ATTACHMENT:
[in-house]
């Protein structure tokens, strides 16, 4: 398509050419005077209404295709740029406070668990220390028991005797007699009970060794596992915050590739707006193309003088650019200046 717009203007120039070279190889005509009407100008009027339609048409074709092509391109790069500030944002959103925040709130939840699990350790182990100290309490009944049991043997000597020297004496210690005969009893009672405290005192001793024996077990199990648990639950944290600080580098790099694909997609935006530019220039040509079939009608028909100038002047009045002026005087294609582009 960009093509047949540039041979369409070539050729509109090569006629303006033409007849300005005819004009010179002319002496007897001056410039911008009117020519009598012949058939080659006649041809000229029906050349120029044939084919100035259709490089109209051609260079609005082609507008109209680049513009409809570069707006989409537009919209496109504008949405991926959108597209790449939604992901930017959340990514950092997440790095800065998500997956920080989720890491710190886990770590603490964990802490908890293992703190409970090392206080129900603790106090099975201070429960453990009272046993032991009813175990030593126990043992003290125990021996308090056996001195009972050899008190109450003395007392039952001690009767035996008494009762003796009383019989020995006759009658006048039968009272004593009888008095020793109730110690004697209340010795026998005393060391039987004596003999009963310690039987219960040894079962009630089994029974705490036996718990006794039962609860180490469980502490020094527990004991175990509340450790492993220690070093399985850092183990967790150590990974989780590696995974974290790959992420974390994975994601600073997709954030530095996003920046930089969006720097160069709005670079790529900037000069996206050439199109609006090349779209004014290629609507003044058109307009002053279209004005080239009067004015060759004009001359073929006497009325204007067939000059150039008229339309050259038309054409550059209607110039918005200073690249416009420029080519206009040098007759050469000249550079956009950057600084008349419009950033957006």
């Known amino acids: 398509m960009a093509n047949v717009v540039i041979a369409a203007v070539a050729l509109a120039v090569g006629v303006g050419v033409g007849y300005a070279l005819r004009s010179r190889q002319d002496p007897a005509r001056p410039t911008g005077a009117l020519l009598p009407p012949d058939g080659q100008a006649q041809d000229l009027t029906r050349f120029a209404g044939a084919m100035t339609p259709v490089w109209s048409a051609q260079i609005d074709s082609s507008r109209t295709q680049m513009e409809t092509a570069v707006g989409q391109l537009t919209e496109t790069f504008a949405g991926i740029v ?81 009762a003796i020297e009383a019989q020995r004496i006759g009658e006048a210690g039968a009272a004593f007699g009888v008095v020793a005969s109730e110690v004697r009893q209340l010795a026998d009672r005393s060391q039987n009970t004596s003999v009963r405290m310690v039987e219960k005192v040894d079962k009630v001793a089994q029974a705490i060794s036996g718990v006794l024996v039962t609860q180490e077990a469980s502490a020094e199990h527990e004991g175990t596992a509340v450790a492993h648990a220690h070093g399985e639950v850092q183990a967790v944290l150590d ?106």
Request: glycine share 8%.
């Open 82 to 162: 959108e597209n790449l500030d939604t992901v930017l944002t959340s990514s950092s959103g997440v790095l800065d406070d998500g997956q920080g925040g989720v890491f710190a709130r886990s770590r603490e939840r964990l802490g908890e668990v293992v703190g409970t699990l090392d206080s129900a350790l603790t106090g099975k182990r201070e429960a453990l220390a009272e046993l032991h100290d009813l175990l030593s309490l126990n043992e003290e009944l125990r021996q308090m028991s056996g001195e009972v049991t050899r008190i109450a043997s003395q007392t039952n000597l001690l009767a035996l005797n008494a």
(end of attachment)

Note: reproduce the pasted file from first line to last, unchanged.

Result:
[in-house]
């Protein structure tokens, strides 16, 4: 398509050419005077209404295709740029406070668990220390028991005797007699009970060794596992915050590739707006193309003088650019200046 717009203007120039070279190889005509009407100008009027339609048409074709092509391109790069500030944002959103925040709130939840699990350790182990100290309490009944049991043997000597020297004496210690005969009893009672405290005192001793024996077990199990648990639950944290600080580098790099694909997609935006530019220039040509079939009608028909100038002047009045002026005087294609582009 960009093509047949540039041979369409070539050729509109090569006629303006033409007849300005005819004009010179002319002496007897001056410039911008009117020519009598012949058939080659006649041809000229029906050349120029044939084919100035259709490089109209051609260079609005082609507008109209680049513009409809570069707006989409537009919209496109504008949405991926959108597209790449939604992901930017959340990514950092997440790095800065998500997956920080989720890491710190886990770590603490964990802490908890293992703190409970090392206080129900603790106090099975201070429960453990009272046993032991009813175990030593126990043992003290125990021996308090056996001195009972050899008190109450003395007392039952001690009767035996008494009762003796009383019989020995006759009658006048039968009272004593009888008095020793109730110690004697209340010795026998005393060391039987004596003999009963310690039987219960040894079962009630089994029974705490036996718990006794039962609860180490469980502490020094527990004991175990509340450790492993220690070093399985850092183990967790150590990974989780590696995974974290790959992420974390994975994601600073997709954030530095996003920046930089969006720097160069709005670079790529900037000069996206050439199109609006090349779209004014290629609507003044058109307009002053279209004005080239009067004015060759004009001359073929006497009325204007067939000059150039008229339309050259038309054409550059209607110039918005200073690249416009420029080519206009040098007759050469000249550079956009950057600084008349419009950033957006």
């Known amino acids: 398509m960009a093509n047949v717009v540039i041979a369409a203007v070539a050729l509109a120039v090569g006629v303006g050419v033409g007849y300005a070279l005819r004009s010179r190889q002319d002496p007897a005509r001056p410039t911008g005077a009117l020519l009598p009407p012949d058939g080659q100008a006649q041809d000229l009027t029906r050349f120029a209404g044939a084919m100035t339609p259709v490089w109209s048409a051609q260079i609005d074709s082609s507008r109209t295709q680049m513009e409809t092509a570069v707006g989409q391109l537009t919209e496109t790069f504008a949405g991926i740029v ?81 009762a003796i020297e009383a019989q020995r004496i006759g009658e006048a210690g039968a009272a004593f007699g009888v008095v020793a005969s109730e110690v004697r009893q209340l010795a026998d009672r005393s060391q039987n009970t004596s003999v009963r405290m310690v039987e219960k005192v040894d079962k009630v001793a089994q029974a705490i060794s036996g718990v006794l024996v039962t609860q180490e077990a469980s502490a020094e199990h527990e004991g175990t596992a509340v450790a492993h648990a220690h070093g399985e639950v850092q183990a967790v944290l150590d ?106």
Request: glycine share 8%.
């Open 82 to 162: 959108e597209n790449l500030d939604t992901v930017l944002t959340s990514s950092s959103g997440v790095l800065d406070d998500g997956q920080g925040g989720v890491f710190a709130r886990s770590r603490e939840r964990l802490g908890e668990v293992v703190g409970t699990l090392d206080s129900a350790l603790t106090g099975k182990r201070e429960a453990l220390a009272e046993l032991h100290d009813l175990l030593s309490l126990n043992e003290e009944l125990r021996q308090m028991s056996g001195e009972v049991t050899r008190i109450a043997s003395q007392t039952n000597l001690l009767a035996l005797n008494a």